The story jumps from one sub plot to another, so that there are a lot of continued plot lines in each book. Few are ever resolved, but when they are it takes so much time. And, events happen in other titles that are apparently necessary to read to make sense of this plot.  And, sadly, these storytellers cannot come up with any, good, original characters. They keep mining the Marvel Age, 1961-77 to death. (And Captain America). So each storyline seems to say, "Here are the characters, let's ignore their previous continuity. Time means nothing. The Howlers would be 90 years old and they still go out on another “final” mission. But the current crew of creators cannot come up with new characters that have any interest or impact. Norman Osborn, whose death created great controversy in Spider-Man nearly 40 years ago, is back and so is Baron Strucker . Both are very healthy for dead men. 

Norman Osborn -  alive and healthy

(Spoilers ahead) On the opening pages of almost every story, the author says that the Government now is the enemy. There are no longer any good guys. So I have no one to root for. As they bring back well known characters, they are all villains including Contessa Valentina Allegro De Fontaine who was once Fury’s girlfriend. Several times Marvel tried to tie the pieces of the Scorpio/Zodiac plotlines together, most notably in Defenders #46-51.  But all that is thrown out here, along with all the Steranko innovations.  Well, thrown out may be a bad term, mixed up and convoluted is more like it.  But, just like the writers borrow from the past, so do the artists, as they try to copy Steranko’s style. But they are not capable of that, so they just can copy poses.

Contessa by Steranko

Steranko "Hommage"

The story might have made a five to eight issue run in the old days. But the plot is rather weak and preposterous. Early on we learn that SHIELD is supposed to have been a component of HYDRA. This is ridiculous and it negates and ignores so much of the continuity that went before. The Howlers are brought back for a mission. The author jumps around so much in telling the story that it takes four issues to tell the fate of the Howlers. How about one, long uninterrupted segment? In reading the three Omnibuses regarding Cap’s death, I come across the same problems. First, we know Cap would not die, especially if a movie was coming out. We just had to see how long it would be before he got better.  In the second Omnibus, it is revealed that Sharon Carter might be the one who shot Cap under the influence of the Red Skull. Then not a major plot point is developed for over twenty issues!!! It goes on and on, doing nothing.  In his introduction, Brubaker, the author, states that he, himself, didn’t like the Cap stories from 1980-2000, so he picked up right where I left off and stopped reading Cap (issue #214).  How sad to know that in 30 years nothing was developed well enough to stick.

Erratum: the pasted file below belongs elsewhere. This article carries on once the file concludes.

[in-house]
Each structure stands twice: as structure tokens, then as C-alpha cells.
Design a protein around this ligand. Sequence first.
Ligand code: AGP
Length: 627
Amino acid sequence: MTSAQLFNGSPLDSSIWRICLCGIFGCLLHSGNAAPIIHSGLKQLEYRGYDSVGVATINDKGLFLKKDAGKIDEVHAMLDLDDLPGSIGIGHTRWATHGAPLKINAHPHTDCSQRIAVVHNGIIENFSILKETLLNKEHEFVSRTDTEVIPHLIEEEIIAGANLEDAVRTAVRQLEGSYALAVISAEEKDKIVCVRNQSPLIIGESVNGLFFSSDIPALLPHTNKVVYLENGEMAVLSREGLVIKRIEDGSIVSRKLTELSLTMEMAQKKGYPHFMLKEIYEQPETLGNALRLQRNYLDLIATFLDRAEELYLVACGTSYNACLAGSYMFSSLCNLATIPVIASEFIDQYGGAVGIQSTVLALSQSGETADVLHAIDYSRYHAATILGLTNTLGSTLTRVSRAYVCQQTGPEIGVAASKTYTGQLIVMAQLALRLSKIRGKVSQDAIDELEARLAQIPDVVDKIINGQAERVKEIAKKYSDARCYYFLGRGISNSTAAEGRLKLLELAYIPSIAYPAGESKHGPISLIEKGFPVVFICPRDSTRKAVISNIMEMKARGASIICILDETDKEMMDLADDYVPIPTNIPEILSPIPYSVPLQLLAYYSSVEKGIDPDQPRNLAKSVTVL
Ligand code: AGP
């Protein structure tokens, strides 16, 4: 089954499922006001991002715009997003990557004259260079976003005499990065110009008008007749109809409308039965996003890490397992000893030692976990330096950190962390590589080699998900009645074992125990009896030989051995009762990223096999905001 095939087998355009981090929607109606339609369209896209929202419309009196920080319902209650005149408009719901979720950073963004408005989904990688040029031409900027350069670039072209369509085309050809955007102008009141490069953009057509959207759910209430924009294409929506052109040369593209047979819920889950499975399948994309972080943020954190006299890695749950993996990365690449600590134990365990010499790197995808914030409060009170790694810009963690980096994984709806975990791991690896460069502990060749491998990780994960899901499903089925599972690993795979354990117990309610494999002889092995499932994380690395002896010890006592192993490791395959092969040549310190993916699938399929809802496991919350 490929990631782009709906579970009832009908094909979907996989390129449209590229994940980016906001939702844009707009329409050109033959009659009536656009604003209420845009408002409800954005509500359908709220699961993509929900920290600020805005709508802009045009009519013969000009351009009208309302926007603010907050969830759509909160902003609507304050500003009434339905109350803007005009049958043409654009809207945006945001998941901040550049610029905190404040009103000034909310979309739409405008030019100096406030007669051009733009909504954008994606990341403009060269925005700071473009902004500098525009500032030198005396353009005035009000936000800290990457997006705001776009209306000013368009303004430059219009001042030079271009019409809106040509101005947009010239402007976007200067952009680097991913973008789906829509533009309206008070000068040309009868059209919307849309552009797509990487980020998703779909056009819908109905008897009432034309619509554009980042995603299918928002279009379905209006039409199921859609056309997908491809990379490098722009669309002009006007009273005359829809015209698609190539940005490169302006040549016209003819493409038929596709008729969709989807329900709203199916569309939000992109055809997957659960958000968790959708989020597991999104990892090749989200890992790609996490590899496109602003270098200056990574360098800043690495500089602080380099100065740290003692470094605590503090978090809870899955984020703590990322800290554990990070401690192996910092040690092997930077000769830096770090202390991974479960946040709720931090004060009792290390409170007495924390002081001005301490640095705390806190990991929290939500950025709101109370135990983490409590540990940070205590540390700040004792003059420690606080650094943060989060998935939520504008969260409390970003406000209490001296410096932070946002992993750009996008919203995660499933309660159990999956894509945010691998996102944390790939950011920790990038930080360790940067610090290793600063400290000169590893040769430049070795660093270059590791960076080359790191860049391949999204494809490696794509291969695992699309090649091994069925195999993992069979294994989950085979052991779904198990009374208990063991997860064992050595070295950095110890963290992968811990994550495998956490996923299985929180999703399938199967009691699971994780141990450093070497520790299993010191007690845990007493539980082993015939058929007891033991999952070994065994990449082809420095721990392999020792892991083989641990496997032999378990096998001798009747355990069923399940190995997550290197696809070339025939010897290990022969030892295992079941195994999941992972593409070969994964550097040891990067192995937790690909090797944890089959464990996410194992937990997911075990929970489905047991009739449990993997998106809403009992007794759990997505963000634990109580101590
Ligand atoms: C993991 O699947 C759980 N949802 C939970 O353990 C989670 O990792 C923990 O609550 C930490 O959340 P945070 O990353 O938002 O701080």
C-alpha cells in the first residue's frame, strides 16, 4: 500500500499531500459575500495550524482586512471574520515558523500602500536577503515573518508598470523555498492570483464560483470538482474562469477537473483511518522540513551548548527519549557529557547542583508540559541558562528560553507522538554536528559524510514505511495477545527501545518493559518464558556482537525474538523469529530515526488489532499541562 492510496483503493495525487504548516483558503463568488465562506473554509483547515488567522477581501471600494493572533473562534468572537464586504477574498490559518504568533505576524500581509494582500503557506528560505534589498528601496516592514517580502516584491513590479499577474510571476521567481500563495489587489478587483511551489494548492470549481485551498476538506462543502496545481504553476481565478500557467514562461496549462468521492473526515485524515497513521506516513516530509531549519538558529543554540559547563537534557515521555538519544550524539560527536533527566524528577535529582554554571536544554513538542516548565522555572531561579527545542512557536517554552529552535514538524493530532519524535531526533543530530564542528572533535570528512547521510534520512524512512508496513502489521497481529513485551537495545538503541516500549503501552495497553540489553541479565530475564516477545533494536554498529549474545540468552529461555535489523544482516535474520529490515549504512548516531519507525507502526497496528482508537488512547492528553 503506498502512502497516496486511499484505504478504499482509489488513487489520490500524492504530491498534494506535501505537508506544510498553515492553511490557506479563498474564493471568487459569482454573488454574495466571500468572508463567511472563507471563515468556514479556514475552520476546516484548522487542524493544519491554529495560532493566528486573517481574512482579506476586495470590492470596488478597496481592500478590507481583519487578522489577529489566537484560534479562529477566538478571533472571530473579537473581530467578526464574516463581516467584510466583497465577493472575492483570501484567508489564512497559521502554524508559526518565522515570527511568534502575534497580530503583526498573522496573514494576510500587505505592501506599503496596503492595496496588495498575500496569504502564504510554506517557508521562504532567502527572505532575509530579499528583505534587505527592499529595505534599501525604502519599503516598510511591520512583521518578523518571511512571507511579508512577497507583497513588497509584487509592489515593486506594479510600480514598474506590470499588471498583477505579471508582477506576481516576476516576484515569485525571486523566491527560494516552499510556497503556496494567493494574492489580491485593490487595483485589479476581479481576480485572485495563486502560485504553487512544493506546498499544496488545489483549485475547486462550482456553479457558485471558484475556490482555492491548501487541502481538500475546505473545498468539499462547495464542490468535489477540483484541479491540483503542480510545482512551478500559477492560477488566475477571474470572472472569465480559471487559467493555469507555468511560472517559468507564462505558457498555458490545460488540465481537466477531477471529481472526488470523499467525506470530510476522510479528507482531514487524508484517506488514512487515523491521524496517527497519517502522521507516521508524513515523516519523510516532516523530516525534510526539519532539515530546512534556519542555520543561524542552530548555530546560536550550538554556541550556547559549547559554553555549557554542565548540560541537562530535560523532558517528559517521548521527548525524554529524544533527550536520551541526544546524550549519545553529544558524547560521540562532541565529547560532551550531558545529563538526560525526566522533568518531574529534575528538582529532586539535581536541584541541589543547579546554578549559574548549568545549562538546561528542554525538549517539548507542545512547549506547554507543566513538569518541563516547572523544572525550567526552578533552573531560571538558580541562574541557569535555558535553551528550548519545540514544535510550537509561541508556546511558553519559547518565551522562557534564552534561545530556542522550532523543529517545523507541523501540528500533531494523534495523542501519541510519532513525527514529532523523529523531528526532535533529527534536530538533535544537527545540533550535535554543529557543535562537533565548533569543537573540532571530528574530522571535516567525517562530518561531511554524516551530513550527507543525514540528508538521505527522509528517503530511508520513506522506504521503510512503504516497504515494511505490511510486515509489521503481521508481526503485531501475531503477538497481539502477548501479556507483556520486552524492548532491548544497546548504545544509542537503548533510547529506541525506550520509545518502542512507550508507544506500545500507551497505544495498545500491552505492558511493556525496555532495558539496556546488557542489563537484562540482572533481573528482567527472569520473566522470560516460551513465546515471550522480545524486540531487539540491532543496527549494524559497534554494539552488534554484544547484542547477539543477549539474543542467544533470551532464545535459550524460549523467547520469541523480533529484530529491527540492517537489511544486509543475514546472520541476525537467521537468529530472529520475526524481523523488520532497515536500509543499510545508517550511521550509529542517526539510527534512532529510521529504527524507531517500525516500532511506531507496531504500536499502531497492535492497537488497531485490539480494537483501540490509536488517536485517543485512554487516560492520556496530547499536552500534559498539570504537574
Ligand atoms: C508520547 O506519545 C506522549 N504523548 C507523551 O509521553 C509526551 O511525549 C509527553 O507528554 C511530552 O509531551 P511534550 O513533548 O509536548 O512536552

The violence is overwhelming. 
(Big spoilers): Finally there is a twist at the end that negates the ENTIRE storyline, yet there is no evidence that these new facts are real. It purpose is to put you back at square one where another Fury storyline can begin at the same place.  Fury kills Baron Strucker, violently and in cold blood. This is not the Fury I knew. He was heroic and brave and fought for a cause. No one does that anymore.  They are not heroes; they are adventurers and vigilantes, fighting for their own sense of excitement, not for the common good.  As I wrote in the introduction to my book, “The decency, humanity and humor of the original Marvel Super-Heroes was hereditary. They got it from their creators.”

Thanks again to Barry for sharing his thoughts. We both look forward to your comments.